2012 American Classic MTB Race 29 Tubeless Wheelset

American Classic MTB Race 29 Tubeless Wheelset

American Classic MTB has been diligently working on lightweight, wider-profile rims to enhance the volume and performance of available tires and shaping them to more effectively interface with tubeless types. The ‘All-Mountain Tubeless’ was American Classic’s first wheelset to use the new rim profile and in this feature, we review the MTB Race 29 wheels, which are built around a lightened version of the same rim. Small-wheel riders may think that the word ‘wide’ is a stretch for a rim that measures 22-millimeters deep, 24-millimeters inside-to-inside, and 28-millimeters to the outside of the rim flanges – and you would be correct. Big wheel bikes, however, are notorious for heavy, hard-to-accelerate wheels, which is why so many bike makers choose skinny, old-school XC rims and tires to mask that deficiency.

MTB Race 29 Specs

• Purpose: Cross country/trail
• Rims: MTB Race Tubeless aluminum
• Spokes: AC Race Round 14 /16 gauge spokes Black, AC aluminum nipples Silver, 32-hole 3-Cross front and rear
• Weight: 29: Front 670gr, Rear 789gr
• Hub options: Front – Disc 130 100mm, 15mm thru-axle, Disc 100mm, 9mm thru axle, Disc 100mm, Lefty Disc 100mm (for 26 and 29 only). Rear: Disc 225 135mm, 10mm x 135mm thru-axle Disc, All Mountain Disc thru axle 12mm x 135mm, 142mm thru-axle Disc.
• Cassettes: Shimano/SRAM 9/10 SRAM XX1
• Colors: AC Cloud Black with Gray Hubs
• Included: AC Tubeless MTB Tape Installed, AC Tubeless Valves, Cromoly QR’s
• Upgrades: Ceramic Bearings, Titanium QR’s.
• Special Notes: UST Tires are not recommended.
• Brake Interface: 6-Bolt International Standard

Trail Testing American Classic MTB Race 29 Tubeless Wheels

We gave the MTB Race Tubeless wheels to Eddie, a six-foot, two-inch, 200-pound test rider who puts in mega miles in the Mojave Desert and the nearby San Bernardino Mountains. Eddie is a bit of a crusher, and six months is about the longest any wheels will stay round beneath him. That said, the AM-Classics performed quite well – one full season of riding and still counting. The following was his report:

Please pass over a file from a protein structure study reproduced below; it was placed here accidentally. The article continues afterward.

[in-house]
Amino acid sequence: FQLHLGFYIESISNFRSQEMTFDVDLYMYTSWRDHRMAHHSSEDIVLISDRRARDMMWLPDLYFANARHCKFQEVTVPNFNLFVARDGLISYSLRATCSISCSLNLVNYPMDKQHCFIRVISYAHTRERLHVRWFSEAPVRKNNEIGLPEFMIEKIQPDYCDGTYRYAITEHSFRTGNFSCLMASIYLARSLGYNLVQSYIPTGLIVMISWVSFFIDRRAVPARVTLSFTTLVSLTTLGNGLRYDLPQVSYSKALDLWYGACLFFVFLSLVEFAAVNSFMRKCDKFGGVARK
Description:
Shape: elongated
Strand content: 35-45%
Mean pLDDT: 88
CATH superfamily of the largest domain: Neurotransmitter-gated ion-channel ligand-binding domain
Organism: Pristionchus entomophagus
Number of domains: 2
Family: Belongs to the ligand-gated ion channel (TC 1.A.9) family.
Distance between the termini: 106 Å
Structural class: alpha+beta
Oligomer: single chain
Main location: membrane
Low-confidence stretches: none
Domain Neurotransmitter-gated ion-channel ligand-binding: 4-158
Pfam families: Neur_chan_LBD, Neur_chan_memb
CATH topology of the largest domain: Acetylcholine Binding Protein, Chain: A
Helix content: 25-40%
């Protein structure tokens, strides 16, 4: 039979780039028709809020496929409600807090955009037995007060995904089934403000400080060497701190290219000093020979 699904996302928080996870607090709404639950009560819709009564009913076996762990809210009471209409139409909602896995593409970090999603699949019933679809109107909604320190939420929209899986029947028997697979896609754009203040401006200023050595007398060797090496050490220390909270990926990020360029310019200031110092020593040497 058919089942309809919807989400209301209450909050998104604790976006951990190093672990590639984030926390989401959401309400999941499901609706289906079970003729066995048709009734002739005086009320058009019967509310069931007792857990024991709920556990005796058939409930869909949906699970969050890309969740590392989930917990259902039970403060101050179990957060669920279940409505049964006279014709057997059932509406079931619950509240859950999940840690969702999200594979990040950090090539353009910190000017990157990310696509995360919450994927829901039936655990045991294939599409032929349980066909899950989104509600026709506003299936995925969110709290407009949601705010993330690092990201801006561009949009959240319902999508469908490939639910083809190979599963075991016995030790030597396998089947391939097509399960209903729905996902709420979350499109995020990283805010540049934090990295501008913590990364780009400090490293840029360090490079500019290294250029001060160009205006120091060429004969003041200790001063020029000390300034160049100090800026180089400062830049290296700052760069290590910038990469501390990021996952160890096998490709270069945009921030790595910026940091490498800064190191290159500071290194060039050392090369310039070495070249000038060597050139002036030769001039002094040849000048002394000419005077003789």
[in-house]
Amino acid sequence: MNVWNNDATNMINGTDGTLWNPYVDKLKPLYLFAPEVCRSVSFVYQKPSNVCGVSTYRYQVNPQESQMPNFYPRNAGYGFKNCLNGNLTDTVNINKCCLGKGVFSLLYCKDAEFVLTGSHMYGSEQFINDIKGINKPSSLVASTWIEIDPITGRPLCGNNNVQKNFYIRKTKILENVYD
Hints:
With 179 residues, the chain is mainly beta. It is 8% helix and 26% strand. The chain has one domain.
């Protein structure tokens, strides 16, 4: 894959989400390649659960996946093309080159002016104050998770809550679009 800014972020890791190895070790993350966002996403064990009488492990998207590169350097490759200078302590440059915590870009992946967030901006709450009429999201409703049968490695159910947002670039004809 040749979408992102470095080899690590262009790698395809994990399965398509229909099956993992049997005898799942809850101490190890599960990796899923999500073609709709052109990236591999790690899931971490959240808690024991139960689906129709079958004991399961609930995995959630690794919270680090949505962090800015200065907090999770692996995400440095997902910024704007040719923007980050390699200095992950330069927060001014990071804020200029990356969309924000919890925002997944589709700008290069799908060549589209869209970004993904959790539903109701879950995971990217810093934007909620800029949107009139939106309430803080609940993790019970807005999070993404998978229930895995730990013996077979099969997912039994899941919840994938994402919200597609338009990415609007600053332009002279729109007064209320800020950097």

Installation of tubeless tires: Excellent. I mounted a Specialized Purgatory 2.2 up front and a Ground Control 1.9 in the rear. Both could be mounted by hand without the assistance of levers or curse words. Once installed, the Purgatory aired up with a floor pump on the first try. The GC almost went up with a floor pump, and I probably could have nailed it eventually, but with a compressor in my garage, I took the path of least resistance. After spending several years on various rim/tire combos, the American Classic wheels rate on par with Stan’s rims (A-plus) as far as ease of tubeless mounting.

Aesthetics: Stand-alone, I give them a B, but mount them on a bike and they sure compliment a stealthy bike build out… and they graduate to an A (for an out of the box wheelset).
Weight: 29-inch wheels at 1480 grams? Wow! I was a bit apprehensive throwing a leg over the bike. Being known as a climber in a downhiller’s body, my thoughts were that these would not hold up under my 205 pounds of abuse, but I was secretly hoping that they would.

Upside: Light, stiff, easy tubeless mount and inflation, gGood looks, and they inspire you to go fast. The tires track exceptionally well and don’t float around. I plan to go to a larger rear tire.
Downside: Valve stems are way too fragile. One valve stem broke off on the thread when unscrewing the valve to add air. This is the second occurrence and an opportunity for American Classic to improve the design. The valve cores are light, but they need to handled very gingerly while unscrewing and inflating – something that is very difficult to do when you are in a hurry to get out onto the trail. I’ll take the small weight penalty and use a brass valve stem as a replacement.

Durability: The rims are very thin, and have been dented on the tops and sides by rock strikes and other impacts, but oddly, they have resisted the more typical flat spots and dented rim flanges I would have expected. If you don’t know how to touch up a wheel, these may not be for you. I had to throw them in the stand and tighten up the spokes or true a little wobble once a week

Source : pinkbike


Leave a Comment